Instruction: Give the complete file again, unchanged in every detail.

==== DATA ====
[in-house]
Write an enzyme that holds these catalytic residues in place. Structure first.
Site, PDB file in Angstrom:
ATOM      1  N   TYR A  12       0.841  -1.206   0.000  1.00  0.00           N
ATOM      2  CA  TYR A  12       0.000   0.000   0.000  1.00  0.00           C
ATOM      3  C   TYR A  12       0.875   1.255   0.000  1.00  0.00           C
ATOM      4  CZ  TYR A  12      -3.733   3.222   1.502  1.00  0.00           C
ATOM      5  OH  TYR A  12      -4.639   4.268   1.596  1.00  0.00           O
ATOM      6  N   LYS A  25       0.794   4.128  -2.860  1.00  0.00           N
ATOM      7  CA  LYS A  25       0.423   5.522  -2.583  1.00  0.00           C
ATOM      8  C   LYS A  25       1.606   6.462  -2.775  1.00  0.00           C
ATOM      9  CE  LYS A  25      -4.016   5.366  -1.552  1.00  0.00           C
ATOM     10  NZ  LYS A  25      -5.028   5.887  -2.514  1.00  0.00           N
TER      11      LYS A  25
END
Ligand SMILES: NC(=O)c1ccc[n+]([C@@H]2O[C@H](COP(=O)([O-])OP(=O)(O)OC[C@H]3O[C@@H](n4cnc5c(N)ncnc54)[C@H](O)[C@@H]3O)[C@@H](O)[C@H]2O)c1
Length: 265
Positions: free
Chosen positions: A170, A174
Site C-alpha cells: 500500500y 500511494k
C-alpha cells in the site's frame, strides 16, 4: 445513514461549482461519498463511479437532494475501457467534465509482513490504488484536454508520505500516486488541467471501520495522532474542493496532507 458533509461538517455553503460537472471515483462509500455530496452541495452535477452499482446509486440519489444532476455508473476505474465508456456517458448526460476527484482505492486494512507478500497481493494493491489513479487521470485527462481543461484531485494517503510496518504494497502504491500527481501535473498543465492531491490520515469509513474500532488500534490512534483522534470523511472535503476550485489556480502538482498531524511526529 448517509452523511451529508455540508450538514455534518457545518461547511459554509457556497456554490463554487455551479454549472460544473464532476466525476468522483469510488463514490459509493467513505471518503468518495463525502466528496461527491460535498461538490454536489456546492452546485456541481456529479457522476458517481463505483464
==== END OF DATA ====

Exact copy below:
[in-house]
Write an enzyme that holds these catalytic residues in place. Structure first.
Site, PDB file in Angstrom:
ATOM      1  N   TYR A  12       0.841  -1.206   0.000  1.00  0.00           N
ATOM      2  CA  TYR A  12       0.000   0.000   0.000  1.00  0.00           C
ATOM      3  C   TYR A  12       0.875   1.255   0.000  1.00  0.00           C
ATOM      4  CZ  TYR A  12      -3.733   3.222   1.502  1.00  0.00           C
ATOM      5  OH  TYR A  12      -4.639   4.268   1.596  1.00  0.00           O
ATOM      6  N   LYS A  25       0.794   4.128  -2.860  1.00  0.00           N
ATOM      7  CA  LYS A  25       0.423   5.522  -2.583  1.00  0.00           C
ATOM      8  C   LYS A  25       1.606   6.462  -2.775  1.00  0.00           C
ATOM      9  CE  LYS A  25      -4.016   5.366  -1.552  1.00  0.00           C
ATOM     10  NZ  LYS A  25      -5.028   5.887  -2.514  1.00  0.00           N
TER      11      LYS A  25
END
Ligand SMILES: NC(=O)c1ccc[n+]([C@@H]2O[C@H](COP(=O)([O-])OP(=O)(O)OC[C@H]3O[C@@H](n4cnc5c(N)ncnc54)[C@H](O)[C@@H]3O)[C@@H](O)[C@H]2O)c1
Length: 265
Positions: free
Chosen positions: A170, A174
Site C-alpha cells: 500500500y 500511494k
C-alpha cells in the site's frame, strides 16, 4: 445513514461549482461519498463511479437532494475501457467534465509482513490504488484536454508520505500516486488541467471501520495522532474542493496532507 458533509461538517455553503460537472471515483462509500455530496452541495452535477452499482446509486440519489444532476455508473476505474465508456456517458448526460476527484482505492486494512507478500497481493494493491489513479487521470485527462481543461484531485494517503510496518504494497502504491500527481501535473498543465492531491490520515469509513474500532488500534490512534483522534470523511472535503476550485489556480502538482498531524511526529 448517509452523511451529508455540508450538514455534518457545518461547511459554509457556497456554490463554487455551479454549472460544473464532476466525476468522483469510488463514490459509493467513505471518503468518495463525502466528496461527491460535498461538490454536489456546492452546485456541481456529479457522476458517481463505483464